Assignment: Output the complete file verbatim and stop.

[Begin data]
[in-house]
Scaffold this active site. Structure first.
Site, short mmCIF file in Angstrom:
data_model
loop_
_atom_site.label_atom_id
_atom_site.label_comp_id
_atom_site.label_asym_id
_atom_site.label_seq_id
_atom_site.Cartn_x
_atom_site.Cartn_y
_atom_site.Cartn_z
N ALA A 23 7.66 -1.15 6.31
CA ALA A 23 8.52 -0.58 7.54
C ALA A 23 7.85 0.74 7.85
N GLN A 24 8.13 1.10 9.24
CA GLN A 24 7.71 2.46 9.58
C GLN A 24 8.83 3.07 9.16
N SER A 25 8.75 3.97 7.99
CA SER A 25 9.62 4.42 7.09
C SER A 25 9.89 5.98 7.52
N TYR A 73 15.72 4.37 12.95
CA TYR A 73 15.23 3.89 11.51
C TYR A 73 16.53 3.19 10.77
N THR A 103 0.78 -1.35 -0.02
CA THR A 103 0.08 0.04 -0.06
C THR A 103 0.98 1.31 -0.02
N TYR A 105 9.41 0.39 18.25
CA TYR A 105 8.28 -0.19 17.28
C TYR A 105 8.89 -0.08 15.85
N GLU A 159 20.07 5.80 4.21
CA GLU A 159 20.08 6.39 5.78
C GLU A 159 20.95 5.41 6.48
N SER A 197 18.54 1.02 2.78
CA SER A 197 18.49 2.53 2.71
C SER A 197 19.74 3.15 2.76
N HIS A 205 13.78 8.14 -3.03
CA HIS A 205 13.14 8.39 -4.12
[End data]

[in-house]
Scaffold this active site. Structure first.
Site, short mmCIF file in Angstrom:
data_model
loop_
_atom_site.label_atom_id
_atom_site.label_comp_id
_atom_site.label_asym_id
_atom_site.label_seq_id
_atom_site.Cartn_x
_atom_site.Cartn_y
_atom_site.Cartn_z
N ALA A 23 7.66 -1.15 6.31
CA ALA A 23 8.52 -0.58 7.54
C ALA A 23 7.85 0.74 7.85
N GLN A 24 8.13 1.10 9.24
CA GLN A 24 7.71 2.46 9.58
C GLN A 24 8.83 3.07 9.16
N SER A 25 8.75 3.97 7.99
CA SER A 25 9.62 4.42 7.09
C SER A 25 9.89 5.98 7.52
N TYR A 73 15.72 4.37 12.95
CA TYR A 73 15.23 3.89 11.51
C TYR A 73 16.53 3.19 10.77
N THR A 103 0.78 -1.35 -0.02
CA THR A 103 0.08 0.04 -0.06
C THR A 103 0.98 1.31 -0.02
N TYR A 105 9.41 0.39 18.25
CA TYR A 105 8.28 -0.19 17.28
C TYR A 105 8.89 -0.08 15.85
N GLU A 159 20.07 5.80 4.21
CA GLU A 159 20.08 6.39 5.78
C GLU A 159 20.95 5.41 6.48
N SER A 197 18.54 1.02 2.78
CA SER A 197 18.49 2.53 2.71
C SER A 197 19.74 3.15 2.76
N HIS A 205 13.78 8.14 -3.03
CA HIS A 205 13.14 8.39 -4.12